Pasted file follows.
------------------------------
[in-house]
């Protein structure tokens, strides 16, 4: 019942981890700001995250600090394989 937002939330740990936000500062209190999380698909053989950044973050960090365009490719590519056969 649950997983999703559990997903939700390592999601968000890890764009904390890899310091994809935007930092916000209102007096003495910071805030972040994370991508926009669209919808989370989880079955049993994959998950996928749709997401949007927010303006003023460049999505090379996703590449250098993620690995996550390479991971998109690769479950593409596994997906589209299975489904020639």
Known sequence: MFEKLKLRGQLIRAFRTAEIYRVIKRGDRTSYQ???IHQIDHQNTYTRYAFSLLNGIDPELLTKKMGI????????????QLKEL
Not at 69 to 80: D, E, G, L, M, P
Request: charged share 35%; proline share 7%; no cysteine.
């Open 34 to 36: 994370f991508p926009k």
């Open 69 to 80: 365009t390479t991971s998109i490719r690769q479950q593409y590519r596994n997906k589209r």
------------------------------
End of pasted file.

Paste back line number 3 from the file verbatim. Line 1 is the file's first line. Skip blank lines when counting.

Known sequence: MFEKLKLRGQLIRAFRTAEIYRVIKRGDRTSYQ???IHQIDHQNTYTRYAFSLLNGIDPELLTKKMGI????????????QLKEL